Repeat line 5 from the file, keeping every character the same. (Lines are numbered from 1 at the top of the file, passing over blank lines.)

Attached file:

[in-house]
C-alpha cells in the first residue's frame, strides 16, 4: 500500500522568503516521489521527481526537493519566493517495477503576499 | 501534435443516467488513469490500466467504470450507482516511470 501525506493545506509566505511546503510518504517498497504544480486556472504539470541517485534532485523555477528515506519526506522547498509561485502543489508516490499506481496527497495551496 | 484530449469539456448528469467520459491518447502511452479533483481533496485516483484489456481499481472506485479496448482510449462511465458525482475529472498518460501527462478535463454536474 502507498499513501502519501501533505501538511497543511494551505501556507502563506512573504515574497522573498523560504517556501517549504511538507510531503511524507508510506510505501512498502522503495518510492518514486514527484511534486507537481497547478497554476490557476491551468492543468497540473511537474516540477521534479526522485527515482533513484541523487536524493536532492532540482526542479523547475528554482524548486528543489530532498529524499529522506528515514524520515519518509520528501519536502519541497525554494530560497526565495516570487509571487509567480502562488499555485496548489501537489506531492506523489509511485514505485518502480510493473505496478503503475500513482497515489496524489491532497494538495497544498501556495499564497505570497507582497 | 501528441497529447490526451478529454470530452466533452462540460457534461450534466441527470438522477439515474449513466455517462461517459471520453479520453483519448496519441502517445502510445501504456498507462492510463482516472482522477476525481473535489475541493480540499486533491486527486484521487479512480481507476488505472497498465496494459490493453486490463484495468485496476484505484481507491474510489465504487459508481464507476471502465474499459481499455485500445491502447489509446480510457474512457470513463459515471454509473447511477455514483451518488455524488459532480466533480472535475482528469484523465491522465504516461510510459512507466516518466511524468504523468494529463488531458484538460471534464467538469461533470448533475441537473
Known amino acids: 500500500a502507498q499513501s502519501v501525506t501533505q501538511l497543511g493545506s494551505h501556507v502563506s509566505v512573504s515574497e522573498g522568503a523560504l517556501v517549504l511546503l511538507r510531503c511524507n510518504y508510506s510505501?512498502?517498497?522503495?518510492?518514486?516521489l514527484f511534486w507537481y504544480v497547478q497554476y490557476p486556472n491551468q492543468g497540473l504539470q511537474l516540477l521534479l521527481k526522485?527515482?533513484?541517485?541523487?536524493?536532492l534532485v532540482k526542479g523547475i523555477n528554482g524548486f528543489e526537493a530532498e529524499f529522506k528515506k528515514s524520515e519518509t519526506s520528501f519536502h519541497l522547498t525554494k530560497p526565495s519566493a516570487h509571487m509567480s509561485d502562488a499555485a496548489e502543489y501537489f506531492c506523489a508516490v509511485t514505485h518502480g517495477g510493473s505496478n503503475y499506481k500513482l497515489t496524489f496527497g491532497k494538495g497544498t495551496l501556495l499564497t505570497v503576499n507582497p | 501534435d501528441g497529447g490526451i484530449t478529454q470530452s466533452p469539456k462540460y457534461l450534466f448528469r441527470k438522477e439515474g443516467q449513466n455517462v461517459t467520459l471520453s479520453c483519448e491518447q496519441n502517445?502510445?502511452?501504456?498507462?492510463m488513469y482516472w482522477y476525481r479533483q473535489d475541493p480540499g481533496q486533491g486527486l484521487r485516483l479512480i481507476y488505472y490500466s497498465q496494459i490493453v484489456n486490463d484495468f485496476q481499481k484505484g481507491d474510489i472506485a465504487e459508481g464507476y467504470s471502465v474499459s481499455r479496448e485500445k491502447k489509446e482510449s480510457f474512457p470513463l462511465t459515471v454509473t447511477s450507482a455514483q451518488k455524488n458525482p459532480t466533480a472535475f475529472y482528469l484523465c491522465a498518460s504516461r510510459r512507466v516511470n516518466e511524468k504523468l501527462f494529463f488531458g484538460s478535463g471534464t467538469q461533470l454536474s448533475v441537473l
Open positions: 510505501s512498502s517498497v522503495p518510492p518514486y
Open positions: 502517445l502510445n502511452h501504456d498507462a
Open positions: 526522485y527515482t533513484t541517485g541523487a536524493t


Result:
Open positions: 502517445l502510445n502511452h501504456d498507462a